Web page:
poem in parts – Michigan Quarterly Review

poem in parts

Published in Spring 2024 Online Folio

the wind licks my knuckles          again     again

a church bell mouths out           another hour        now a memory

the park loses its fullness     

the last two boys playing catch leave as i pass

i stand inside the yellow light      pouring smartly

out of a street lamp  

it digs my skin      guilts me like judas

                                                            “lord, how many times shall i forgive my brother?”

i haven’t forgiven my sister     for leaving—         

migrant worker   picking cotton    in dubai      

mother will find out when she reads this poem

my mother is the negotiator between me and her husband

on my flight to brussels          a man faints beside me

he looks like my mother’s husband         my father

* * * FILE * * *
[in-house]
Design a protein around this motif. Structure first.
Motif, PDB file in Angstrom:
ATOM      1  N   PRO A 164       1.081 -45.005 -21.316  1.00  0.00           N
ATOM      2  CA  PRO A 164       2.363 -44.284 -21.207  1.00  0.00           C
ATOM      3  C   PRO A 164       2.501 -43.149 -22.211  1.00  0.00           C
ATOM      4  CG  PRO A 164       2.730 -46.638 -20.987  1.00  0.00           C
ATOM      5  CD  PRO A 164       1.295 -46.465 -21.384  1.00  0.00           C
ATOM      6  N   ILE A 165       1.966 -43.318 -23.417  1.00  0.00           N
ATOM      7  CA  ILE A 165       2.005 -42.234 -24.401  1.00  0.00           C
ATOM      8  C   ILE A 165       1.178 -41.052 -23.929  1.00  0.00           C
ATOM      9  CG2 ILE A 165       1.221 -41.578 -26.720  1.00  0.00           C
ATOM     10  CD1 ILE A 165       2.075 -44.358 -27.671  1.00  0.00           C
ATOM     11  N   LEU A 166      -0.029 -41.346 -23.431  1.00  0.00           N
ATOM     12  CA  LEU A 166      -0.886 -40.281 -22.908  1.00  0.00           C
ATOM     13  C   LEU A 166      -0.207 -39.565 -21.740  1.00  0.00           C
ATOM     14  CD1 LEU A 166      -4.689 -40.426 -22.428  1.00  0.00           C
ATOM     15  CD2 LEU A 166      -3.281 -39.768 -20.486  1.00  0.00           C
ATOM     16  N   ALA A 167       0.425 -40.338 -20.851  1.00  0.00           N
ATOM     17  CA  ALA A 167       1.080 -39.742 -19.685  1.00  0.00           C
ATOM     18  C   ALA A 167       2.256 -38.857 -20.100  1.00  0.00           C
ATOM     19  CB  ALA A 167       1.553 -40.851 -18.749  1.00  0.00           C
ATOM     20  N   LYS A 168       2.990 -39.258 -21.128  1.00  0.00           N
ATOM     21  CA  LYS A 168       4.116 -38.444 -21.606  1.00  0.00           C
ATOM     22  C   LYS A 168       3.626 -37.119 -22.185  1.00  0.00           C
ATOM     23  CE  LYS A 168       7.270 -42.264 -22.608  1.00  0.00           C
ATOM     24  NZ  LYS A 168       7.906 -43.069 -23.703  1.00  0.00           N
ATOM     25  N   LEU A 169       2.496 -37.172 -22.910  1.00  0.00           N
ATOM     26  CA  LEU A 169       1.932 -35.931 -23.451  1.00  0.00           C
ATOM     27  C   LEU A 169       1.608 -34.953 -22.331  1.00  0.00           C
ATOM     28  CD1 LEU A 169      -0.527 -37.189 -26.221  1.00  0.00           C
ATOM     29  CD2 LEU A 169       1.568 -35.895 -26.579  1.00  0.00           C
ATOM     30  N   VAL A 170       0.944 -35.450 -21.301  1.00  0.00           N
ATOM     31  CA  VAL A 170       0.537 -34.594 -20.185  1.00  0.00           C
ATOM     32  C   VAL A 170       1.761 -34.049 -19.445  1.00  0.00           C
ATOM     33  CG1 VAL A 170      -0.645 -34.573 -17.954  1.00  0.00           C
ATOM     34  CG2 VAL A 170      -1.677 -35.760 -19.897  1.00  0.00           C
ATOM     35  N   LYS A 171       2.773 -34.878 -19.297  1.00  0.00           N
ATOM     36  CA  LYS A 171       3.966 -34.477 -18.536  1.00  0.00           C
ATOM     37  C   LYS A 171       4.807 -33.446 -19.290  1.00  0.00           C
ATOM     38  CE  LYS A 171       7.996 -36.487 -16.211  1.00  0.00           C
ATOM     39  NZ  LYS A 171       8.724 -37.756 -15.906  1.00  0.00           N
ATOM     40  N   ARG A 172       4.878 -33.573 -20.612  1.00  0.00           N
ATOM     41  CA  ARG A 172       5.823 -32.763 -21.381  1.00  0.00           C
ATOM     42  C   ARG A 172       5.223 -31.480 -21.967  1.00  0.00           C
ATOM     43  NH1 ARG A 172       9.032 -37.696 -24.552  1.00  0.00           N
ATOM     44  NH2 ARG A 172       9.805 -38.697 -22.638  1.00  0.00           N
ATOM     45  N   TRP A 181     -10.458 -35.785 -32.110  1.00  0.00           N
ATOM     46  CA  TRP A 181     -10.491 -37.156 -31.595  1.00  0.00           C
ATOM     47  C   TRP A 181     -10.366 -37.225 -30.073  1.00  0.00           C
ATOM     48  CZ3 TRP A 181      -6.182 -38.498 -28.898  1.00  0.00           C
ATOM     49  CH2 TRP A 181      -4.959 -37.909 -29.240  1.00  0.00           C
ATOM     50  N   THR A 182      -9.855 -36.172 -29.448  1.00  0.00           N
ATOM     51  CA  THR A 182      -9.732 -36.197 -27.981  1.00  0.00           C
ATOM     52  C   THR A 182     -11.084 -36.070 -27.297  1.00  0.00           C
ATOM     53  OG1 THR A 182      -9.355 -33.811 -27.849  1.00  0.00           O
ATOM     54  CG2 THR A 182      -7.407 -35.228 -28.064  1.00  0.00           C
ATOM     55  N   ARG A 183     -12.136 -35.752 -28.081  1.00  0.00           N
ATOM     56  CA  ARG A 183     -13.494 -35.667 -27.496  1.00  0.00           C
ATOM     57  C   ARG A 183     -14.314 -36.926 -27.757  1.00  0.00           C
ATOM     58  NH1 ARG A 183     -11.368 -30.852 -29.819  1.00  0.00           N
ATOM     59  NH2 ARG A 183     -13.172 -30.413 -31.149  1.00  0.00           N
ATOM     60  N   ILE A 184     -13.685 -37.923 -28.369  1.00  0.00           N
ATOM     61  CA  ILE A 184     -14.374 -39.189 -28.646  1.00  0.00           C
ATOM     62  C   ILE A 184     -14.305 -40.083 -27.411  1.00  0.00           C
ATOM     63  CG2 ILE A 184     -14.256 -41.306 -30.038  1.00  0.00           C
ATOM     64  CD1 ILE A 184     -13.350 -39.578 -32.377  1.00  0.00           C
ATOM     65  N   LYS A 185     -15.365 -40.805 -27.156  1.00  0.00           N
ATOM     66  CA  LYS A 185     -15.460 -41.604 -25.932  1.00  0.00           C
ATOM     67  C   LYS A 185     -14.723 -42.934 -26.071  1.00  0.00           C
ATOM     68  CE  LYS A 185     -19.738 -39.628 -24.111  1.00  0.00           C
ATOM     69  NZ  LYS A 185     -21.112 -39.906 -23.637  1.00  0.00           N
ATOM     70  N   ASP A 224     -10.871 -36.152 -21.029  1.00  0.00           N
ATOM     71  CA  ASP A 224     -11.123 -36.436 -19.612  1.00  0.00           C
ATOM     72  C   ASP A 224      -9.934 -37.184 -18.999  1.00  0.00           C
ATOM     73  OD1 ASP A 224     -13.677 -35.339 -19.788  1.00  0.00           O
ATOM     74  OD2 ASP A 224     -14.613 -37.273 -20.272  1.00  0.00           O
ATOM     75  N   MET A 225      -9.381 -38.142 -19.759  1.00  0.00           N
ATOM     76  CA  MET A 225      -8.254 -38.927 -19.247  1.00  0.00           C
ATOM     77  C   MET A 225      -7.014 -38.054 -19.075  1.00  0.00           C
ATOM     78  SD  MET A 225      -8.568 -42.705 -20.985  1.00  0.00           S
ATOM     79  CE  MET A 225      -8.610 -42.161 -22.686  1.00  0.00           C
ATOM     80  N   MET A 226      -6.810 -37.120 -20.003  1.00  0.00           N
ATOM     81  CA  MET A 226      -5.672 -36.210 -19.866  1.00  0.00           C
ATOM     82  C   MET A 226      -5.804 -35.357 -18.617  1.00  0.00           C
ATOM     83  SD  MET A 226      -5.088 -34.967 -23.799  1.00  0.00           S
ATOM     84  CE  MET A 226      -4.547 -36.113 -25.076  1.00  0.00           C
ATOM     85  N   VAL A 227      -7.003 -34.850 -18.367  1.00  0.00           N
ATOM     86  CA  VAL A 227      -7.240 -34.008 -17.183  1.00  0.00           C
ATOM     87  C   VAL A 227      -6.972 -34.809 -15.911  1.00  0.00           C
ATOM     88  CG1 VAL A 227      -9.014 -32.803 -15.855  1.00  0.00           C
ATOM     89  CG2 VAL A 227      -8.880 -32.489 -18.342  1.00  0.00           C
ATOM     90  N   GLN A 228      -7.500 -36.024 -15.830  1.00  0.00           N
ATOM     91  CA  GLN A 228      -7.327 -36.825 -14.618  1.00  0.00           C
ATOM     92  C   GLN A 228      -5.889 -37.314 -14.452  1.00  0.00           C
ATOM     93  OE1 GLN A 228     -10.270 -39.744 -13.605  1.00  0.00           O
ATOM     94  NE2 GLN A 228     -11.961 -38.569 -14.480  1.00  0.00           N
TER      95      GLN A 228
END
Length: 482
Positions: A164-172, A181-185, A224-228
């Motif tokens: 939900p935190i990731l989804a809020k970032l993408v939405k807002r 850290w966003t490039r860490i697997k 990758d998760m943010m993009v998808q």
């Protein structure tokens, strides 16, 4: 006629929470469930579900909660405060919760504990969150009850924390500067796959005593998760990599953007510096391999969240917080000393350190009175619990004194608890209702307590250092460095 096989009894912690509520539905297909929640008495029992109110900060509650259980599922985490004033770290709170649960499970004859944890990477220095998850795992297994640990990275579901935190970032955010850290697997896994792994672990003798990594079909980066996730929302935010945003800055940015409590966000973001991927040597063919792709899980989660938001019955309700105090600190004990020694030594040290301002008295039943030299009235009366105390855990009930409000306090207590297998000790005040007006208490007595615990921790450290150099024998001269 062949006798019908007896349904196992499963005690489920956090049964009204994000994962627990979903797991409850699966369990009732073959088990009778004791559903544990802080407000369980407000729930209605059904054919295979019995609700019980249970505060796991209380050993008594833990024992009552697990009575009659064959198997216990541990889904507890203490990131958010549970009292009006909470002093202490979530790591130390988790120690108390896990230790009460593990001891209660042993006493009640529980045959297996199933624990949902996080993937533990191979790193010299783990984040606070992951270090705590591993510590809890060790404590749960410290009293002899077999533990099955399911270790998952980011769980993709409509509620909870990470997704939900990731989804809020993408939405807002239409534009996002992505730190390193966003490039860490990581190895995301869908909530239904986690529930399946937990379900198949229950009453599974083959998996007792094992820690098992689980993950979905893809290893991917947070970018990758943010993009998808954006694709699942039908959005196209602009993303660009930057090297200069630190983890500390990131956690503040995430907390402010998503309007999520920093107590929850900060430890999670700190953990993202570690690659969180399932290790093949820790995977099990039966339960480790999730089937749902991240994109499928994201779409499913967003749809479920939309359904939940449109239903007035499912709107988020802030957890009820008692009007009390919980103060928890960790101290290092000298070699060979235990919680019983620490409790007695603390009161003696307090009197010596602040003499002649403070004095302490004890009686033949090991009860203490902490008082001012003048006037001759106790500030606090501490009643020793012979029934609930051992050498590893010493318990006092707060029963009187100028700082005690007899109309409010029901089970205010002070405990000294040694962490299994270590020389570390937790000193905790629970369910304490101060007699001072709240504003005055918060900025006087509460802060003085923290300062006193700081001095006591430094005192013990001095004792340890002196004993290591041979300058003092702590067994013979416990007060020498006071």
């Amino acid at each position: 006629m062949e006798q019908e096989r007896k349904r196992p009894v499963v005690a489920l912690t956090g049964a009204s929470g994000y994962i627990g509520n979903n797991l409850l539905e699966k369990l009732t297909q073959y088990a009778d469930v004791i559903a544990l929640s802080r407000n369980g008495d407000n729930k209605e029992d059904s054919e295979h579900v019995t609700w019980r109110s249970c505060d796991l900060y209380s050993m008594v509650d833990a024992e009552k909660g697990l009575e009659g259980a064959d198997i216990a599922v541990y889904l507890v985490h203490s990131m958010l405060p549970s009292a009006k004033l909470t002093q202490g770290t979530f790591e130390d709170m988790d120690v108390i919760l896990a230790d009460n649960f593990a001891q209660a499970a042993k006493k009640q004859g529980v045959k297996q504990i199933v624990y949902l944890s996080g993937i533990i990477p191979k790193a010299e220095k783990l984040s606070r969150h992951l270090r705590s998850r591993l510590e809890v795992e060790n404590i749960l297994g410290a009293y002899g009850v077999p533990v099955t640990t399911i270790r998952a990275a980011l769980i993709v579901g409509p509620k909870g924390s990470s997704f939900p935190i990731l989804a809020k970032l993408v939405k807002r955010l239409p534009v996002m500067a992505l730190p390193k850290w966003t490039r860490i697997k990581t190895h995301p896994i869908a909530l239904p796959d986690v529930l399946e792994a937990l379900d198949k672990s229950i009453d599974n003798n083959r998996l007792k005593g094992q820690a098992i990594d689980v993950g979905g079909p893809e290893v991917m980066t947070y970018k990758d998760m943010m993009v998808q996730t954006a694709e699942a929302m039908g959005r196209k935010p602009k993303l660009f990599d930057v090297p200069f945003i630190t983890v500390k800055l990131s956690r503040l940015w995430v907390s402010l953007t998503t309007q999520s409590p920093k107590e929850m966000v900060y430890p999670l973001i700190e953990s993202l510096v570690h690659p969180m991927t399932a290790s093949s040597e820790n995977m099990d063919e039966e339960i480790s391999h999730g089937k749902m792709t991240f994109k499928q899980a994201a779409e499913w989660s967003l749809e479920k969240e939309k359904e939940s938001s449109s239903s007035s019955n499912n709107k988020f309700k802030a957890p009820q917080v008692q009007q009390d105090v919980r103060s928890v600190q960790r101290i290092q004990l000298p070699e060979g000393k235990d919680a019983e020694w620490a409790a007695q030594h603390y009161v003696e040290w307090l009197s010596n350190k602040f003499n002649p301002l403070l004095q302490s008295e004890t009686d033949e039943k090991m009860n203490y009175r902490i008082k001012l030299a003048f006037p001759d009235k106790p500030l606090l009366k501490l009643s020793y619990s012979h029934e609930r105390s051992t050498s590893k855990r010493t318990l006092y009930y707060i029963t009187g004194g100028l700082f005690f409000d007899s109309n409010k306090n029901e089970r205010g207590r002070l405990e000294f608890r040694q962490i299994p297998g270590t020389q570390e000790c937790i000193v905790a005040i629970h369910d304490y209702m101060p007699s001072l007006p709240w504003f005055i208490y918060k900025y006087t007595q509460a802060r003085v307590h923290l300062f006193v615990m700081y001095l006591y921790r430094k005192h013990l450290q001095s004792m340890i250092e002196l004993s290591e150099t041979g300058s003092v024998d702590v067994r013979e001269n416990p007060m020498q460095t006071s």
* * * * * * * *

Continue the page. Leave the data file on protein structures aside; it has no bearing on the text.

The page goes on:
i want to cling to his body          i am afraid 

i have never locked my father’s hands with mine

the space between us crosses borders   

follows me here

This piece is from our Spring 2024 African Writing Online Folio, an online-exclusive extension of our special issue, “African Writing: A Partial Cartography of Provocations,” guest edited by Chris Abani. You can read more from our Spring 2024 issue, available for purchase in print and digital forms here.

Jeremy Teddy Karn is a Liberian poet and an MFA candidate at the Iowa Writers’ Workshop. His chapbook, Miryam Magdalit, was selected for New-Generation African Poets: A Chapbook Box Set (Nane) (2021) by Kwame Dawes and Chris Abani. His poems have appeared in LolwePoetry WalesThe Adroit JournalThe Penn ReviewtrampsetThe Ilanot Review, and elsewhere.

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